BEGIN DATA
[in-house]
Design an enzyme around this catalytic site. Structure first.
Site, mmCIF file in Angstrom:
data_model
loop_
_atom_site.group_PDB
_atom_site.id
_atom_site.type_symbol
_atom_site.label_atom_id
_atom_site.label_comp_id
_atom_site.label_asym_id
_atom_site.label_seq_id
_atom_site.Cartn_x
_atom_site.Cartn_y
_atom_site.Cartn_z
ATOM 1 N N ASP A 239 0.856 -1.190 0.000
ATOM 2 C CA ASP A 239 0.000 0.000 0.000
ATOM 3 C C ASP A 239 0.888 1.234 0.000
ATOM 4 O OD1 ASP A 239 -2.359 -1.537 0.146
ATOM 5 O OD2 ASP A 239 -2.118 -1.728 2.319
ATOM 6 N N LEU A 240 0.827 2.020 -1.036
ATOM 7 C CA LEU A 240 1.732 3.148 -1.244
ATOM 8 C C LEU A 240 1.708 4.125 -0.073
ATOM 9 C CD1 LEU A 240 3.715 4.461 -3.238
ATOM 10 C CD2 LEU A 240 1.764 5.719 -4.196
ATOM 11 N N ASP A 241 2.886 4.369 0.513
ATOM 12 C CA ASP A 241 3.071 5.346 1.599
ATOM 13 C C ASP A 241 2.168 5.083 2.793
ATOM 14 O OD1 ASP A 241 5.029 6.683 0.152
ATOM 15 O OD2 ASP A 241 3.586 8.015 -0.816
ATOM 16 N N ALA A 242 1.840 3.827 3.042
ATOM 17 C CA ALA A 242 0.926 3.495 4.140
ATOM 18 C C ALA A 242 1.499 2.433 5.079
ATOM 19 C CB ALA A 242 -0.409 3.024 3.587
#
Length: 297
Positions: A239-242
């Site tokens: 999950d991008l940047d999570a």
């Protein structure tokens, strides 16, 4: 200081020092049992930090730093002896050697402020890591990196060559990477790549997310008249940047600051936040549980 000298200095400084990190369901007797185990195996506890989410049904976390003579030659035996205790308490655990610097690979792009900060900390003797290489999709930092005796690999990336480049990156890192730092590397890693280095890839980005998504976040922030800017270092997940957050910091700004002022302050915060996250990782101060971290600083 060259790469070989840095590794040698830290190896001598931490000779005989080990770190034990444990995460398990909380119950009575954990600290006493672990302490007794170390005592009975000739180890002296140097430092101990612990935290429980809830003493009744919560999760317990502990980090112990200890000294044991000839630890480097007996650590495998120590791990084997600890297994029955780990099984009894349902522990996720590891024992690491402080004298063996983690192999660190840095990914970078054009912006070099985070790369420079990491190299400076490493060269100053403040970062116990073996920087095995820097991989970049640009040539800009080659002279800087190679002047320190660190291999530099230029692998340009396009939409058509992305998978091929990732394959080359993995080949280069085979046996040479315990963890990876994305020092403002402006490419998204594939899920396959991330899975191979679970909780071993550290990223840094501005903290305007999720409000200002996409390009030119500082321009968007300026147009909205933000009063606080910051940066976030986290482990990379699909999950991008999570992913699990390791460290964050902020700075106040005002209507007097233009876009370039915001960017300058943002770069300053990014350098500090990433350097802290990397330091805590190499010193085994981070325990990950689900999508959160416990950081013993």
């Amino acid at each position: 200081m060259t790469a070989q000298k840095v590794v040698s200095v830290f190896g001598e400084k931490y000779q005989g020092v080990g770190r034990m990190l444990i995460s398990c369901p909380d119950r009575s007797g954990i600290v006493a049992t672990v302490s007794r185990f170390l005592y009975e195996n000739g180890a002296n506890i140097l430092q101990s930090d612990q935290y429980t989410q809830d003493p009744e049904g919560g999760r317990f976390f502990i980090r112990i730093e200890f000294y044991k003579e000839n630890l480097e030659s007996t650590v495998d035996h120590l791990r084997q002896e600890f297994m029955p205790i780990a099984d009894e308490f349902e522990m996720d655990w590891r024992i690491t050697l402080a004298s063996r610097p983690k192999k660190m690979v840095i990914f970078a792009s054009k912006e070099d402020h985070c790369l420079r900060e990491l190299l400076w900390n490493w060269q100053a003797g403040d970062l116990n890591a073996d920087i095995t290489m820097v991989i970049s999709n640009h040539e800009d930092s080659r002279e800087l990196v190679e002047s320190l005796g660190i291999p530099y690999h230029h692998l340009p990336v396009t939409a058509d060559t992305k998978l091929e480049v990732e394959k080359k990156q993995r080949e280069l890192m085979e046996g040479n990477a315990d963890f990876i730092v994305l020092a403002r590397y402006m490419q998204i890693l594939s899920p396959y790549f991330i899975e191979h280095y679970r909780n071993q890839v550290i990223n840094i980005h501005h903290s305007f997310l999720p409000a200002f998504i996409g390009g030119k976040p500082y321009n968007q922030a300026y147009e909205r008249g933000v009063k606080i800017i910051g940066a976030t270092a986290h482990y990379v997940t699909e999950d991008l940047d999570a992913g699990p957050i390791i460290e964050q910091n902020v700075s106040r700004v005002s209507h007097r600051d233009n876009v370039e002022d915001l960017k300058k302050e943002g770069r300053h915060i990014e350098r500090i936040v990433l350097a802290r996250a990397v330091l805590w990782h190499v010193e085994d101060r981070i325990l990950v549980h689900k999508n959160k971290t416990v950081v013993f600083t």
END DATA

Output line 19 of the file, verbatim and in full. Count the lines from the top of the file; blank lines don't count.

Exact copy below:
ATOM 4 O OD1 ASP A 239 -2.359 -1.537 0.146